Mirabilio v. Regional School District 16, No. 3:2011cv01468 - Document 38 (D. Conn. 2013)

Court Description: ORDER granting 28 Motion to Dismiss for failure to state a claim on which relief may be granted. Signed by Judge Robert N. Chatigny on 09/27/2013. (Bialek, T.)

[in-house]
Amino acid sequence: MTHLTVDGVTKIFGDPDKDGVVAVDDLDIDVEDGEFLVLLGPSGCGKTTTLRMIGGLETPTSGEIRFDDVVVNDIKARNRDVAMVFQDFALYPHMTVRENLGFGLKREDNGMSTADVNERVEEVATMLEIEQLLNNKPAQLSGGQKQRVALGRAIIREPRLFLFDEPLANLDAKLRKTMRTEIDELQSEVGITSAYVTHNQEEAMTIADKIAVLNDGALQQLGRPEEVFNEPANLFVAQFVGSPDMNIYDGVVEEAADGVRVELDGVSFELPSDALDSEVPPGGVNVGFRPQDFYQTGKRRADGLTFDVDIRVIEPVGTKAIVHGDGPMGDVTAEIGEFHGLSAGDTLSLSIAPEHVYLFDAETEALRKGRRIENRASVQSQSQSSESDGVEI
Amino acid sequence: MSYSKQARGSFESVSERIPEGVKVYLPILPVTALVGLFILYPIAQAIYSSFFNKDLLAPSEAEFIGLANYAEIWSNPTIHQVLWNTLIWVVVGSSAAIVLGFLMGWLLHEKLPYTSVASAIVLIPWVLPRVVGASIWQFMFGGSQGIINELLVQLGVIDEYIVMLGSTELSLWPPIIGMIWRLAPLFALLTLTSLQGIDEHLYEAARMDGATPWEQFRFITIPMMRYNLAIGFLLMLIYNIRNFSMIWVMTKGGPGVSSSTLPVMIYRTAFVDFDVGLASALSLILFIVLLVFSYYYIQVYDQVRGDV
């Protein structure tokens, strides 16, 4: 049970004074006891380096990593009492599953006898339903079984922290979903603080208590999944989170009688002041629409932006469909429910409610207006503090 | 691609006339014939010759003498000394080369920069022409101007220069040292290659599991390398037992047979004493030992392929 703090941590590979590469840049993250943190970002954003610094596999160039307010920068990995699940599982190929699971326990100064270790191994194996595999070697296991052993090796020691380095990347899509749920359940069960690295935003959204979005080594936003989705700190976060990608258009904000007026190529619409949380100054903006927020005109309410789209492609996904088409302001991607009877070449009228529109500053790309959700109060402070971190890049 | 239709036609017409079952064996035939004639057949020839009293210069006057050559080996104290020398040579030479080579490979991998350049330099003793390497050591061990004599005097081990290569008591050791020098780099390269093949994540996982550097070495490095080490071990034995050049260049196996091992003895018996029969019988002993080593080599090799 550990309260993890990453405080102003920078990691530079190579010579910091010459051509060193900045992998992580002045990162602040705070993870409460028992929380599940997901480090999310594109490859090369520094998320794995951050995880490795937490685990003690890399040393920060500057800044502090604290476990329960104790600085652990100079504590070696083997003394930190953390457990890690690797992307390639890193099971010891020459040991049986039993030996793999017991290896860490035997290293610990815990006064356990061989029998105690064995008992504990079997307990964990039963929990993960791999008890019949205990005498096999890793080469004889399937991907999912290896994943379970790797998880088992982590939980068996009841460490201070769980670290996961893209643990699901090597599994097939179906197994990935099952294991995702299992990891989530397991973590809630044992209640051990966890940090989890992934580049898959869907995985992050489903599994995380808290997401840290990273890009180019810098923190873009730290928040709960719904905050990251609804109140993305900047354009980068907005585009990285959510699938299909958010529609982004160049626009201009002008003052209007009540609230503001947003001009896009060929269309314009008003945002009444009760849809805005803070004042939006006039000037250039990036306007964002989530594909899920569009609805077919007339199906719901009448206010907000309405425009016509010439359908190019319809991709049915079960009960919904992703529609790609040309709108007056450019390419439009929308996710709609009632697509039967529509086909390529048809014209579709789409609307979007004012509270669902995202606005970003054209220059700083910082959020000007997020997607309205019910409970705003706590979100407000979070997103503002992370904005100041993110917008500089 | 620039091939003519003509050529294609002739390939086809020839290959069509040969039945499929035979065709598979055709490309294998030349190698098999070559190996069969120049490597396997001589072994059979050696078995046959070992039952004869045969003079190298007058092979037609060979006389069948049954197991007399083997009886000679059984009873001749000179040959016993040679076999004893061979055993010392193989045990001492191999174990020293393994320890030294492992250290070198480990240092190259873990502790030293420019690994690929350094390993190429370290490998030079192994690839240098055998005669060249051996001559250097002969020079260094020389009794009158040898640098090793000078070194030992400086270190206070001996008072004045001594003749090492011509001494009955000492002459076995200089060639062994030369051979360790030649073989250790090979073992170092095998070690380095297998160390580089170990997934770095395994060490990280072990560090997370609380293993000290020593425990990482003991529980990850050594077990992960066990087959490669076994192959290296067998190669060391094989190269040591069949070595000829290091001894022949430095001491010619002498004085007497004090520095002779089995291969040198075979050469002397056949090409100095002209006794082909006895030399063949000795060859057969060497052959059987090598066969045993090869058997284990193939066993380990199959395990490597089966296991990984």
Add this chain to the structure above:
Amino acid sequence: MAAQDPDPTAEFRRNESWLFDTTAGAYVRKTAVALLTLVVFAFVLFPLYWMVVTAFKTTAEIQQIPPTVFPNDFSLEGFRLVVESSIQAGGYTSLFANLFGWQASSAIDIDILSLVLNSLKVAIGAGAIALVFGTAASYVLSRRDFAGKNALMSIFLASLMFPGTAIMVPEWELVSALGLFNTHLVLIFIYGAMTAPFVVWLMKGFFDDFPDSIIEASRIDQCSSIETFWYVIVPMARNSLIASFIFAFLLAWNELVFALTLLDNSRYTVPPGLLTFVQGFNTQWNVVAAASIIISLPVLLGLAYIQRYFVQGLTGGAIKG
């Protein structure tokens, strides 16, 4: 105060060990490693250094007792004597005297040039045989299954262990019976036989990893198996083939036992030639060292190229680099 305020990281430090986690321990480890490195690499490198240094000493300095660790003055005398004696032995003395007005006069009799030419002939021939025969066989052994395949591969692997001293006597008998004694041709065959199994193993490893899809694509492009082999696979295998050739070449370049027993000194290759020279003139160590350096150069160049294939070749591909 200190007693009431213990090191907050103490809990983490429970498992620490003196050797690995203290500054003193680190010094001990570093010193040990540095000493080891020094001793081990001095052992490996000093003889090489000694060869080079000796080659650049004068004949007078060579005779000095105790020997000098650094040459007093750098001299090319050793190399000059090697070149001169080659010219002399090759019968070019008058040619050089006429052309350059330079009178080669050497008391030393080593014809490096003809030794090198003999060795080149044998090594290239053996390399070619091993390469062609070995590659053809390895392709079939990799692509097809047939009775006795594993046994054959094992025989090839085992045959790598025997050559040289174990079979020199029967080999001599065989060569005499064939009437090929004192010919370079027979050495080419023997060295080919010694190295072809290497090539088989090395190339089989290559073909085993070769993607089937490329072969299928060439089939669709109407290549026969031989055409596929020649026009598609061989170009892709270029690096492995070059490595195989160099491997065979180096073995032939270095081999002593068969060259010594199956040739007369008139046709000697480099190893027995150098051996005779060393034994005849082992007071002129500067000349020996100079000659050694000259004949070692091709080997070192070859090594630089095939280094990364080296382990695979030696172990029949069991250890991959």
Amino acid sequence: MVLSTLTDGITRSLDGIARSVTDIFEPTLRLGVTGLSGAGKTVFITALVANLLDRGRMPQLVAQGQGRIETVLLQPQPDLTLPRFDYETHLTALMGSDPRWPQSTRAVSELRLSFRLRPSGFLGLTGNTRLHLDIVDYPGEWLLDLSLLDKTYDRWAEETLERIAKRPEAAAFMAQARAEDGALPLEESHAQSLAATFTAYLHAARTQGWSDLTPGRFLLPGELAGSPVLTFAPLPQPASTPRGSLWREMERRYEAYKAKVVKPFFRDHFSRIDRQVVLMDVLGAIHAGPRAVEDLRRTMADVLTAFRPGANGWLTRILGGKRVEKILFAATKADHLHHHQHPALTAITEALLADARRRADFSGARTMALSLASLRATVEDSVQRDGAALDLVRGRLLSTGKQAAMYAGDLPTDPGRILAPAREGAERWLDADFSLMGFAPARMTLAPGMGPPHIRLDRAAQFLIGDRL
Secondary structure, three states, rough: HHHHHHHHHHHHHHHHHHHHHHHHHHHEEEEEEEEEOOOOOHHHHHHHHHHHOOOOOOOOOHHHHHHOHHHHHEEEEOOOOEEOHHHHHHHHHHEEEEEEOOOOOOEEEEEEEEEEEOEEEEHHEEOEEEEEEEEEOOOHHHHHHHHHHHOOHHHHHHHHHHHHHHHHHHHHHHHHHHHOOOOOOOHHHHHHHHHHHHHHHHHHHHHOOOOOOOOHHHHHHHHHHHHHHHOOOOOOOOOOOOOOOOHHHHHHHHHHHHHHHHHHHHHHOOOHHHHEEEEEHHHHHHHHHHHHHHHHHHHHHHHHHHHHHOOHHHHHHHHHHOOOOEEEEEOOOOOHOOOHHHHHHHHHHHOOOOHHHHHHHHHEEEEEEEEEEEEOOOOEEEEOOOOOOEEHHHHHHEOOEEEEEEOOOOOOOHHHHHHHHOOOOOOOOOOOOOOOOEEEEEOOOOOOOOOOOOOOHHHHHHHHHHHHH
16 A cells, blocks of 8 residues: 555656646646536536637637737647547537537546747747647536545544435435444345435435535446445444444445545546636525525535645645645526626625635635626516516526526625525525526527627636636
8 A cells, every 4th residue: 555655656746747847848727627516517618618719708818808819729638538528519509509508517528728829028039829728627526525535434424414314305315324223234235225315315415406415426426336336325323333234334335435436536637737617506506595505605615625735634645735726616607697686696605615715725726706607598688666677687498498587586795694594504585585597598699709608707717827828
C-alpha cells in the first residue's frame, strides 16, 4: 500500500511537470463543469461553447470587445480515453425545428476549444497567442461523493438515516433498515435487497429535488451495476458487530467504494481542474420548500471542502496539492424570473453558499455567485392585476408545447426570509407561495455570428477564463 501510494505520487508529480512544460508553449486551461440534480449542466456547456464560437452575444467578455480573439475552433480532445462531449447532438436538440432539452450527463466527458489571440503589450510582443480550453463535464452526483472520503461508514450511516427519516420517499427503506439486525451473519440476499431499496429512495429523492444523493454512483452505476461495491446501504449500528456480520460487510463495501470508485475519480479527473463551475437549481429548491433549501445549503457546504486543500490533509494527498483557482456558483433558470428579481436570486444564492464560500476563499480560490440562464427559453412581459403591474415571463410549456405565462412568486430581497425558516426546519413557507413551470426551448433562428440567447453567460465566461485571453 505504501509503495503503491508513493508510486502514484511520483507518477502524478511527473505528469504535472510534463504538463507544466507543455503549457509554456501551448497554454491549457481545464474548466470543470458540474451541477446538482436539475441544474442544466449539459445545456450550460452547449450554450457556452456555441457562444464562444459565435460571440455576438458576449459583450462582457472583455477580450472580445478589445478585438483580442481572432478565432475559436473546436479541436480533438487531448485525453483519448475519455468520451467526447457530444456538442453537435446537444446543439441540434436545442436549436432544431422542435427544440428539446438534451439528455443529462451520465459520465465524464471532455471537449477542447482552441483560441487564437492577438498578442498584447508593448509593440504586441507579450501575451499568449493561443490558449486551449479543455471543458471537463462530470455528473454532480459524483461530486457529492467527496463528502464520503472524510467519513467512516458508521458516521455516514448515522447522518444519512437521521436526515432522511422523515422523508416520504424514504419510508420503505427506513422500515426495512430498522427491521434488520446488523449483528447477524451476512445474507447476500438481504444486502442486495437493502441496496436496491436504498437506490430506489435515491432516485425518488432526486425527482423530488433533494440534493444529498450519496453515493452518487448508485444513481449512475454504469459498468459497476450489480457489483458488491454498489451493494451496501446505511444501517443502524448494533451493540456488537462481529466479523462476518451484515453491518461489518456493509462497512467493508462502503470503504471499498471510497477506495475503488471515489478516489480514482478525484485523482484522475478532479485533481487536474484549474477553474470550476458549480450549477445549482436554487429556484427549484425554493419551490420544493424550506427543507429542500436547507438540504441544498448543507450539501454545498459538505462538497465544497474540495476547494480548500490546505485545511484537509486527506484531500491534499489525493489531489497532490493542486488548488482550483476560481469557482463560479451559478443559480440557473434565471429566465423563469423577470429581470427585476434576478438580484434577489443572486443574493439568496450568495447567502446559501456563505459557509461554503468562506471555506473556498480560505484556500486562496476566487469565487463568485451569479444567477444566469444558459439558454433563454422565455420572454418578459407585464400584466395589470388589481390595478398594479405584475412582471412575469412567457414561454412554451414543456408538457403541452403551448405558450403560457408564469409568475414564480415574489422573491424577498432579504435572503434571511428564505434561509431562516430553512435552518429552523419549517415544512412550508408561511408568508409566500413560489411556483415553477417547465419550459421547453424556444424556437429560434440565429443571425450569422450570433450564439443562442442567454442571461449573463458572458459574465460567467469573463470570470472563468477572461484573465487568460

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Mirabilio v. Regional School District 16 Doc. 38 UNITED STATES DISTRICT COURT DISTRICT OF CONNECTICUT CATHERINE A. MIRABILIO, Plaintiff, V. REGIONAL SCHOOL DISTRICT 16, Defendant. : : : : : : : : : Case No. 3:11-CV-1468 (RNC) RULING Plaintiff, a teacher, brings this action against her employer, the defendant school board, challenging the reduction of her position from full-time to half-time on the ground that it violates her rights under Connecticut General Statute § 10-151 and the Due Process Clause of the Fourteenth Amendment. Defendant has moved to dismiss the amended complaint, arguing that it fails to state a claim on which relief may be granted and, in the alternative, that subject matter jurisdiction is lacking because plaintiff failed to exhaust available administrative remedies. For the following reasons, the motion is granted. I. Background Plaintiff, a tenured culinary arts teacher, alleges that the school board deprived her of her due process rights under the Fourteenth Amendment and violated Connecticut's Teacher Tenure Act ("TTA"), Con. Gen. Stat. § 10-151, by failing to provide her with notice and a hearing before reducing her tenured teaching position from full- to half-time. Plaintiff seeks a declaratory Dockets.Justia.com judgment, a permanent injunction requiring defendant to reinstate her as a full-time teacher, reimbursement of lost salary and benefits, and other money damages. On May 12, 2011, the superintendent of schools, acting as an agent of the school board, sent plaintiff a letter informing her that the board had voted to reduce her position from full-time to half-time. The parties agree that Section 10-151 is the "sole and exclusive mechanism for terminating the contract of a teacher", Am. Compl. at ¶5, but disagree as to whether it applies when a tenured teaching position is reduced from full- to halftime such that the statutory requirements for termination should have been followed in this case.1 Plaintiff initiated this action in Connecticut Superior Court on September 1, 2011, and defendant removed the case to this Court on September 20, 2011. Shortly thereafter, defendant filed a motion to dismiss asserting, as here, that plaintiff's complaint failed to sufficiently allege a statutory or constitutional violation and, alternatively, that the Court lacks subject matter jurisdiction due to plaintiff's failure to exhaust available administrative remedies. 1 The motion to dismiss was The statute provides, in relevant part: "Prior to terminating a contract, the superintendent [of schools] shall give the teacher concerned a written notice that termination of such teacher's contract is under consideration and, upon written request filed by such teacher with the superintendent, within seven days after receipt of such notice, shall within the next succeeding seven days give such teacher a statement in writing of the reasons therefor. Within twenty days after receipt of written notice by the superintendent that contract termination is under consideration, such teacher may file with the local or regional board of education a written request for a hearing." Conn. Gen. Stat. Ann. § 10-151(d). granted; the equal protection claim was dismissed with prejudice and the due process claim was dismissed without prejudice to the plaintiff's right to reassert the claim in an amended complaint. Plaintiff submitted an amended complaint on October 25, 2012. In the pending motion to dismiss, defendant again asserts that plaintiff fails to state a claim on which relief may be granted and, in the alternative, that even if plaintiff states a claim the Court lacks subject matter jurisdiction. II. Due Process Claim "To survive a motion to dismiss, a complaint must contain sufficient factual matter, accepted as true, to 'state a claim to relief that is plausible on its face.'" Ashcroft v. Iqbal, 556 U.S. 662, 678 (2009) (quoting Bell Atl. Corp. v. Twombly, 550 U.S. 544, 570 (2007)). A Rule 12(b)(6) motion to dismiss may be granted only if it appears beyond doubt that the plaintiff can prove no set of facts in support of her complaint that would entitle her to relief. Cir. 1999). King v. Simpson, 189 F.3d 284, 286-87 (2d In deciding a motion to dismiss, well-pleaded facts must be accepted as true and considered in the light most favorable to the plaintiff. Patane v. Clark, 508 F.3d 106, 111 (2d Cir. 2007). To state a due process clause claim, plaintiff "must show that she has a property interest, created by state law, in the employment or the benefit that was removed." 79 F.3d 318, 322 (2d Cir. 1996). Bernheim v. Litt, "It is clear that section 10–151 does create such a protectable property interest." Zimmerman v. Bd. of Educ. of Town of Branford, 597 F. Supp. 72, 76 (D. Conn. 1984). The statute provides that "[t]he contract of employment of a teacher who has attained tenure shall be continued from school year to school year" and enumerates grounds for termination as well as pre-termination notice and hearing requirements designed to protect tenured teachers. Stat. Ann. § 10-151(d). Conn. Gen. However, although "[t]he right to continued employment is a property right protected under the due process clause", see Sekor v. Bd. of Educ. of the Town of Ridgefield, 240 Conn. 119, 129 (1997)(citations omitted), "personnel decisions short of termination do not constitute a deprivation of a property interest" cognizable under the Fourteenth Amendment. (D. Conn. 1984). Wargat v. Long, 590 F. Supp. 1213, 1215 Because under Connecticut law a teacher who is reduced from full-time to part-time employment has not been terminated within the meaning of the TTA, plaintiff fails to state a due process claim on which relief can be granted. Connecticut courts have consistently found that changes to employment status, even when accompanied by substantial reductions in salary, do not fall within the definition of "termination" under the TTA and are not subject to the statute's protections or judicial review. See Delagorges v. Bd. of Educ. of Town and City of West Haven, 176 Conn. 630 (1979) (holding that school administrators reassigned to teaching positions were not terminated within the meaning of the TTA and thus the reassignments were not subject to judicial review); Cimochowski v. Hartford Pub. Sch., 261 Conn. 287, 297 (2002) (clarifying that "in Delagorges . . . we concluded that, because the two plaintiffs had not been terminated, the act did not apply"); id. at 293 (noting that the reassignments from administrative to teaching positions in Delagorges had resulted in "substantially reduced salary"). See also Sch. Adm'rs Ass'n of New Haven v. Dow, 200 Conn. 376, 385 (1986) ("10-151(d) does not apply to . . . plaintiffs whose positions were being eliminated but whose employment with the board continued."); Candelori v. Bd. of Educ. of the City of New Britain, 180 Conn. 66, 67-69 (1980) (reassignment of school administrators to teaching positions resulting in substantial reduction in their salaries did not constitute termination). The present case, in which the plaintiff has been reassigned from a full- to half-time teaching position with a substantial reduction in salary, is analogous. Because plaintiff's position has not been terminated or discontinued within the meaning of the statute, she is not entitled to the TTA's pre-termination protections and fails to allege a cognizable due process claim. In opposing defendant's motion to dismiss, plaintiff relies on language from Tucker v. Board of Education that "being reduced, apparently permanently, to part-time rather than fulltime employment has more of the effect of a termination . . . ." Tucker v. Bd. of Educ. of Town of Norfolk, 4 Conn. App. 87, 93 (1985). This language, however, was dicta distinguishing a Massachusetts case interpreting a Massachusetts statute and was referenced only by way of explaining that a tenured teacher's three-year suspension did not rise to the level of an actionable termination. Id. As such, the case's holding ultimately cuts against plaintiff's contention. In light of the subsequent Connecticut Supreme Court cases interpreting the TTA's termination requirement, plaintiff has failed to state the deprivation of a cognizable property interest by alleging that defendant reduced her teaching position from full- to half-time. III. Conclusion Accordingly, defendant's motion to dismiss [doc. # 28] is hereby granted. So ordered this 27th day of September 2013. /s/RNC Robert N. Chatigny United Stated District Judge